Personal Property Securities Bill 2009
Are you the operator of a business that:
- uses retention of title clauses in sale agreements
- sells on consignment
- sells goods with serial numbers, including motor vehicles
- supplies goods via hire purchase or equipment lease
- is a “factoring” business (purchases accounts receivables from other businesses)?
If so, you should be aware of the reforms to the PPS Register that brings the different Australian Government state and territory laws and registers for security interests in personal property under one national system.
Why PPS reform?
The old PPS registration regime in Australia was patchy and differed from state to state. Because of this, suppliers and lenders were reluctant to accept anything other than land or motor vehicles as security for borrowings or for delayed payment arrangements. Historically it was risky to accept personal property as security – personal property includes cars, boats, machinery, shares, contractual rights and intellectual property.
The reform aims to tighten the registration regime so that lenders, credit providers, and people who accept personal property as security as part of their business operations can better secure their position in the event of a default by the other party. In this way, the regime will improve the ability of individuals and businesses, particularly small-to-medium size businesses, to use all of their property in raising capital.
The two key elements of protecting your business under this regime (by protecting your interest in the personal property security) are:
- ensuring that your documentation complies with new PPS legislation; and
- registering your interest in the property on the new register.
A national Personal Property Securities Register introduced that is computer-based, updated in real time and accessed publicly. Failure to register could give other registered creditors priority to seize and sell personal property from defaulting debtors – there were cases of entities getting caught out and losing their security altogether when similar legislation was introduced in NZ.
It is essential that supply contracts, leasing contracts and consignment agreements be overhauled to accord with the Personal Property Securities Act, and to allow for registration of the supplier’s interest. Equipment leases, consignment agreements, and contracts with individuals do not currently fall under the PPS regime but will under the act (excluding short-term rental arrangements). Systems and processes in all leasing businesses need to be reviewed to ensure that all relevant agreements (not just leases of vehicles that REVS currently captures) are registered, and IT systems should be upgraded to communicate with the PPS register and record the registration. Staff will need training in relation to the new regime.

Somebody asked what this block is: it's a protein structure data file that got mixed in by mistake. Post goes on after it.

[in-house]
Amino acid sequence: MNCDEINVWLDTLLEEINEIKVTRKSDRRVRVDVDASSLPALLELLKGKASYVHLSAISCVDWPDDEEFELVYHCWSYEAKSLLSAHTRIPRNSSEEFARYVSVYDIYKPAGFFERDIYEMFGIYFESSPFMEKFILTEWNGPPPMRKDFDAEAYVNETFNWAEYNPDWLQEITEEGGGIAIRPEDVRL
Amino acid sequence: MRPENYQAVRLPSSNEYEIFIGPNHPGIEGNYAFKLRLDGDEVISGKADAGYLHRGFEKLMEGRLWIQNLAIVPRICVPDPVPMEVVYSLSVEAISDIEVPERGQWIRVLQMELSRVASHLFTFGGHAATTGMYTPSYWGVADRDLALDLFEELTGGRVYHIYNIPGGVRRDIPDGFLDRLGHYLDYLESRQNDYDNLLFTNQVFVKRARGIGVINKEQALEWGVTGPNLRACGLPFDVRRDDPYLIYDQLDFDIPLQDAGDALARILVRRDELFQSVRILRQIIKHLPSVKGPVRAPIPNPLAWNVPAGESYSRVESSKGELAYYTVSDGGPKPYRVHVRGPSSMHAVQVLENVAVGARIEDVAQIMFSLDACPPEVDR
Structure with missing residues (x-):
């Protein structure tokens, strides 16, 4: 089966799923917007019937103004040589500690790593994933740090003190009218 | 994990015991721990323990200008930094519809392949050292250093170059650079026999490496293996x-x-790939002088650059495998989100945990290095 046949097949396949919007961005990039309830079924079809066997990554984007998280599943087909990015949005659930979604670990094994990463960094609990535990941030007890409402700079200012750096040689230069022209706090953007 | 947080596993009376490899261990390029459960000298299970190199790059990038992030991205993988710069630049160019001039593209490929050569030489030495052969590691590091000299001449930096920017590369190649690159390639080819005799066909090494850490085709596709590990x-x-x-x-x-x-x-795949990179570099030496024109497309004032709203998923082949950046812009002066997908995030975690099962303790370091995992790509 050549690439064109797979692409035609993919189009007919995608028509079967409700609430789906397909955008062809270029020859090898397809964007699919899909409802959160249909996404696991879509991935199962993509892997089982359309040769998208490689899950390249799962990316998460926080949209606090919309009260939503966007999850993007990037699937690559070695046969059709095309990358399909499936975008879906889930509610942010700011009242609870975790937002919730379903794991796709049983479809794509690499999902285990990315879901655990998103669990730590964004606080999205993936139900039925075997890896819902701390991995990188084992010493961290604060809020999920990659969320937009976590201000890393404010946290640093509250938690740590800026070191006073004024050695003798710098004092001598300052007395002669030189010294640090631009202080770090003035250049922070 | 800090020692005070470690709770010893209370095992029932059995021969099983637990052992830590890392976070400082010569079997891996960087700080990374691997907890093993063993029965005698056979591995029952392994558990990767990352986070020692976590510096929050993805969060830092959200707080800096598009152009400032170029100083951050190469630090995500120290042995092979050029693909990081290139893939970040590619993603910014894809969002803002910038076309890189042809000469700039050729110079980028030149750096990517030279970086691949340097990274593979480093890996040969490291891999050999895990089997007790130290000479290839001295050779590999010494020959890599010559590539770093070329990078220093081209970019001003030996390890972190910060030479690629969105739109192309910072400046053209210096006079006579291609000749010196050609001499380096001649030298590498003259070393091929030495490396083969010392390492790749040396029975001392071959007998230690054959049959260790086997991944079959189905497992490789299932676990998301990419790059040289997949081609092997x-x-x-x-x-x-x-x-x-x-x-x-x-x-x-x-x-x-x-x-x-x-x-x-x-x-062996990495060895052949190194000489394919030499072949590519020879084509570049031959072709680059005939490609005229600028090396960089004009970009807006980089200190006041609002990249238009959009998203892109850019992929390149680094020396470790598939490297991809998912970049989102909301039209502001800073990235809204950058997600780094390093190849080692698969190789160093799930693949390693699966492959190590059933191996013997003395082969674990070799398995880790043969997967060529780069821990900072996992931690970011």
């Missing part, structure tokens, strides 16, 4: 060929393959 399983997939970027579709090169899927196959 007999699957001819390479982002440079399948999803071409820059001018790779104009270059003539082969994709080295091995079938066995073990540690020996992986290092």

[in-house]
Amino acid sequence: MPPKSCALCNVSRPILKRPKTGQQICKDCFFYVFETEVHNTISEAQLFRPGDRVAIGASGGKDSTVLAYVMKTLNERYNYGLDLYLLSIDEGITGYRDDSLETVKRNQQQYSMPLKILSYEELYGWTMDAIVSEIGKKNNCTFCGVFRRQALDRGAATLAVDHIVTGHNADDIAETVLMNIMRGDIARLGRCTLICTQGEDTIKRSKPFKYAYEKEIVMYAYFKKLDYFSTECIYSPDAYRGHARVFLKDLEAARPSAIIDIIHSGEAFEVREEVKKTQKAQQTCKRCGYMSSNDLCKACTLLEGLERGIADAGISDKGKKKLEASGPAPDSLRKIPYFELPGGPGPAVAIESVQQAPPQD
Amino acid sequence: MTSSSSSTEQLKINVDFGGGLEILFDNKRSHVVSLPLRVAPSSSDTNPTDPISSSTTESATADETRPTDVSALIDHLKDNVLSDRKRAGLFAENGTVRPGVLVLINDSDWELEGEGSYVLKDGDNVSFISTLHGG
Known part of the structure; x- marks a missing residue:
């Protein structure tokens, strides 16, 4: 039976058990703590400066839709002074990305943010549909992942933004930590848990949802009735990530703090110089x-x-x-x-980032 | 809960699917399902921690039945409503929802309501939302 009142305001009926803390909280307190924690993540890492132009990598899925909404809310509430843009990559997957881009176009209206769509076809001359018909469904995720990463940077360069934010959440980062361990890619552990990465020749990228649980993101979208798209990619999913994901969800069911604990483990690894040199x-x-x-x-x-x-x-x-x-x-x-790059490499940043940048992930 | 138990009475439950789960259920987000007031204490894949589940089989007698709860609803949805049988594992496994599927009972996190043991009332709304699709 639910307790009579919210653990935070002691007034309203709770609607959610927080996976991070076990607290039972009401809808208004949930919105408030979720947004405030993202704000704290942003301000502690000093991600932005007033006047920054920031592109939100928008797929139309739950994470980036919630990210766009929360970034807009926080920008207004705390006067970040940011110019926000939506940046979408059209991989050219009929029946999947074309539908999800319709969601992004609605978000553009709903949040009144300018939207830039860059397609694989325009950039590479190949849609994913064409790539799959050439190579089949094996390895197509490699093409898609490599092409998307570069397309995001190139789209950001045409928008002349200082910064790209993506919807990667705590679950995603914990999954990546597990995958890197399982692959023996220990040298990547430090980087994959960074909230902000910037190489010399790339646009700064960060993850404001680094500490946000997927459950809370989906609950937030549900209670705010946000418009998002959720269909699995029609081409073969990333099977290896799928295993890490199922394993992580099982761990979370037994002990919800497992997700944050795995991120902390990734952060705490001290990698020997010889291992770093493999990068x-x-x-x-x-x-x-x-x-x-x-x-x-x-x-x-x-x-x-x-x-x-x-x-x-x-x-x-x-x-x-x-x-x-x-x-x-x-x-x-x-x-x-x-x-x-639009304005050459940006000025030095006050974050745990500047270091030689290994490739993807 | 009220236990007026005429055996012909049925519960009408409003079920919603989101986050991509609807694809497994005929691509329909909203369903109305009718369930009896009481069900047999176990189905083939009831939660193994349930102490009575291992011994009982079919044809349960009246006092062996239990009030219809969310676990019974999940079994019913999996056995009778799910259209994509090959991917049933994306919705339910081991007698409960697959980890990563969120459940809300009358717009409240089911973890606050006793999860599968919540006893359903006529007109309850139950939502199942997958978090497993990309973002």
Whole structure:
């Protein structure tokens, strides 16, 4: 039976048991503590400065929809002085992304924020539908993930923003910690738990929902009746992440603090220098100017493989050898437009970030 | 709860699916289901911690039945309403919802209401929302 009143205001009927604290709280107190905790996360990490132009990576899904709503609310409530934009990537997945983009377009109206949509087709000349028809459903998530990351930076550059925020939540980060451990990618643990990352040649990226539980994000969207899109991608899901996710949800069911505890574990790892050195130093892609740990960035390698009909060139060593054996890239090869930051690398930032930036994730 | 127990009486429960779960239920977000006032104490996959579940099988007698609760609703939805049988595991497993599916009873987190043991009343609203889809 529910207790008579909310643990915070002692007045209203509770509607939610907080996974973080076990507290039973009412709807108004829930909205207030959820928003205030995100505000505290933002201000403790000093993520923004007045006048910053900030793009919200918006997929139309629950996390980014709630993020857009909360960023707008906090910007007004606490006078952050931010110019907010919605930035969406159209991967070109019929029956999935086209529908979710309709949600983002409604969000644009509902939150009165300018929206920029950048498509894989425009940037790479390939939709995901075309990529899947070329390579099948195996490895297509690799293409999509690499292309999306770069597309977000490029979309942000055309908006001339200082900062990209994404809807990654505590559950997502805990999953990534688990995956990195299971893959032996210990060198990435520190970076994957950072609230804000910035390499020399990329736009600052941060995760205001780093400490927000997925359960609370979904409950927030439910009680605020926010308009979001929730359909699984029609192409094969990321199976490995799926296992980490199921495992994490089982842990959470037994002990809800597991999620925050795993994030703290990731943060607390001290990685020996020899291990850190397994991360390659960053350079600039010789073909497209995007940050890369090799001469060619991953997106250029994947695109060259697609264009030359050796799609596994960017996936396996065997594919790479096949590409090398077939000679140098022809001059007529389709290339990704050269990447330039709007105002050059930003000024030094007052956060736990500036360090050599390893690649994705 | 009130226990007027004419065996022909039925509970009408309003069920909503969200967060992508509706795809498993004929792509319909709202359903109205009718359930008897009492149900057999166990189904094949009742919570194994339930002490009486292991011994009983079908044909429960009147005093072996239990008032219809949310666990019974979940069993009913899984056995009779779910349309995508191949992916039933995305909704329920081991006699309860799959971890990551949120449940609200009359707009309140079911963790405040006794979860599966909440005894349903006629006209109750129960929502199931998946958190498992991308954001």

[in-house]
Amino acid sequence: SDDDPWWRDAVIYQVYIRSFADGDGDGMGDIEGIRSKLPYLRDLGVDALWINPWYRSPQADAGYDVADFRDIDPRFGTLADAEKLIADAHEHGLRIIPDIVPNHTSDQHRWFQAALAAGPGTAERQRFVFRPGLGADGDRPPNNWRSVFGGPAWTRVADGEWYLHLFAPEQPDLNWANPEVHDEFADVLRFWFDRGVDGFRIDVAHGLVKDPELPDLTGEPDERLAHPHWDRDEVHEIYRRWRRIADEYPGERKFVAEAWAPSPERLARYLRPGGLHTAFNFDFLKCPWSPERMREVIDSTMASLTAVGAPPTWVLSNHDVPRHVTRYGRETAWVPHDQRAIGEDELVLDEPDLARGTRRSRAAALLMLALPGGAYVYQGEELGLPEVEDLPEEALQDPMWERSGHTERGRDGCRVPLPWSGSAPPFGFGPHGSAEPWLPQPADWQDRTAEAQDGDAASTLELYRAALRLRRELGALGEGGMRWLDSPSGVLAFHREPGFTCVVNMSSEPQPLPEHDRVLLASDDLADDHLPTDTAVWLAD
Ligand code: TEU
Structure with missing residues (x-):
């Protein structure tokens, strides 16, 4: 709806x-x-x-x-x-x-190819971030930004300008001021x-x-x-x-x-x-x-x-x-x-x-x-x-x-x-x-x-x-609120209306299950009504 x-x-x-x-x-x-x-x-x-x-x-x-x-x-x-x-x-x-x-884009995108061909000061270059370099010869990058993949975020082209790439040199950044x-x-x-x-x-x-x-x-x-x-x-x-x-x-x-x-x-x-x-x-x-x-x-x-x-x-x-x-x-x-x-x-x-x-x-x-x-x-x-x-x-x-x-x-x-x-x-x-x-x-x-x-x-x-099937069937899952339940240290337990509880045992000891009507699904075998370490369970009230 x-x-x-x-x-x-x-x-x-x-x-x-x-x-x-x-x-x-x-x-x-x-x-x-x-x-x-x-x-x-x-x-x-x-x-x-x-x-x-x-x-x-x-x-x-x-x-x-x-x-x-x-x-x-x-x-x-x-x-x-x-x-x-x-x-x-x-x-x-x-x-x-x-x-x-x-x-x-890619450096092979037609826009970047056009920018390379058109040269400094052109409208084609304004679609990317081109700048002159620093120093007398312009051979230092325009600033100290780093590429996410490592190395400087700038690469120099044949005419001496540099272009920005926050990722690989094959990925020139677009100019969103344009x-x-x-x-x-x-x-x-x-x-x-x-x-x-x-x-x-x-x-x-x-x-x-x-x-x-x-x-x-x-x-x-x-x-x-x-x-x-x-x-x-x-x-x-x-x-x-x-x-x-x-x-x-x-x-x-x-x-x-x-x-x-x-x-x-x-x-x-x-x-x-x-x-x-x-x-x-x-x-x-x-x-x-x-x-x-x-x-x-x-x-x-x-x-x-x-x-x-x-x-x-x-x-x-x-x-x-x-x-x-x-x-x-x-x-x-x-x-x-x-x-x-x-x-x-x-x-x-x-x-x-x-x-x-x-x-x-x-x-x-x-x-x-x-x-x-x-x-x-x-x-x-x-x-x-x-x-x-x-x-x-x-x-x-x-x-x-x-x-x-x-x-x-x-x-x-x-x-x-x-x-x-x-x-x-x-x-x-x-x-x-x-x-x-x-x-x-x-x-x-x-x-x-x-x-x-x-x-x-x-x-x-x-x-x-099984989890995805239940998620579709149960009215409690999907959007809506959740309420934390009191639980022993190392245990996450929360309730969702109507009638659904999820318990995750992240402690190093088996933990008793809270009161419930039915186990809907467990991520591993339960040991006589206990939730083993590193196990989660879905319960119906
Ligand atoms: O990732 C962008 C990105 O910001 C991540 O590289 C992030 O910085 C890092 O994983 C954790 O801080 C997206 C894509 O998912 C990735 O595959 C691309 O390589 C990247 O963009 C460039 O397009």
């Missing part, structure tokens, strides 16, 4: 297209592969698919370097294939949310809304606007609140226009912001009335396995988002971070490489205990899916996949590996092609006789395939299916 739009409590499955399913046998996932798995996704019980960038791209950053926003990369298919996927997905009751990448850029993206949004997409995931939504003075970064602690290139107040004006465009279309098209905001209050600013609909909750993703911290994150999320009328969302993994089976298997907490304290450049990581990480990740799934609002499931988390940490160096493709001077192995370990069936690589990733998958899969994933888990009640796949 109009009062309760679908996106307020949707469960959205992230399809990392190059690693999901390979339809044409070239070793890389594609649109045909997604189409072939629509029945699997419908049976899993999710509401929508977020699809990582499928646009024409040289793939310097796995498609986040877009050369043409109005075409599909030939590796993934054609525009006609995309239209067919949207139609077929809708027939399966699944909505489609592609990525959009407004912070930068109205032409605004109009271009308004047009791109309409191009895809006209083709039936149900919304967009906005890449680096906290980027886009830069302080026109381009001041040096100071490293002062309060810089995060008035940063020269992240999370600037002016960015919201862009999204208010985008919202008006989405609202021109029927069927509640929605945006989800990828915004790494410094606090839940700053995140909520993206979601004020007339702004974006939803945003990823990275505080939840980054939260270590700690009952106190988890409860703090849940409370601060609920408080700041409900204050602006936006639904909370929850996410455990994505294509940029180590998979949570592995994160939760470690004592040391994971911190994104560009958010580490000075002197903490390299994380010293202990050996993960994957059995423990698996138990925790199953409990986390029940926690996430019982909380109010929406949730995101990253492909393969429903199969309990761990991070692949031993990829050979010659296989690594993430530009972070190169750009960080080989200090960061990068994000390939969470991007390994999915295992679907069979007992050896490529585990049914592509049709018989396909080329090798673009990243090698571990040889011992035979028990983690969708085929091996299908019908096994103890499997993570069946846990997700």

Factoring businesses will be greatly affected by the new regime – purchasers of receivables may not gain title to the receivable, and can lose their security or their ranking if they do not ensure that the purchase of the receivable is entered into and perfected in accordance with the PPS legislation.
Manufacturers and product suppliers who use retention of title clauses will find that all existing rules and case law about these clauses are overturned by the new regime. Instead of a supplier or manufacturer retaining title in goods until full payment is made, the buyer of the goods assumes title and the supplier’s interest is a secured interest. Compliance with the new legislation and effective registration is of utmost importance because a supplier or manufacturer will not be able to take legal action as if they still have a right of ownership to the goods. However, the PPS regime does give a supplier with a compliant, registered retention of title clause a higher ranking priority position to other claimants.
You may also have PPS contracts that are currently registered such as charges on the ASIC company register, or a bill of sale in NSW against an individual. It is intended that these interests will be migrated to the new PPS register, but businesses will need to identify these security interests and ensure that they have been properly migrated.
“All assets” charges will continue to exist – however there will be an increased number of instances in which you as a secured party may lose priority and thereby lose out to another creditor coming later in time, despite the later creditor having knowledge of your earlier interest. “All assets” charges must be properly constructed to ensure that you are protected.
Under the new regime, documentation that complies with PPS legislation and effective registration are the two important guarantees to good security, regardless of when your security came into being and how it was worded. Timing is critical, and if a competing creditor beats you to register, you will lose priority. If a debtor becomes insolvent, your security may fail altogether if it does not comply with the PPS legislation or it is not properly registered.
For more information or to make and appointment contact our Business Services team:
p: 02 6206 1300 | e: firstname.lastname@example.org
1. Personal Property Securities Amendment (Registration Commencement) Bill 2011 http://parlinfo.aph.gov.au/parlInfo/download/legislation/billsdgs/1164046/upload_binary/1164046.pdf;fileType=application%2Fpdf#search=%22r4686%22
2. S Bowers, ‘Securities register hits hitch’, Australian Financial Review, 2 September 2011, p. 21, http://parlinfo.aph.gov.au/parlInfo/search/display/display.w3p;query=Id%3A%22media%2Fpressclp%2F1050762%22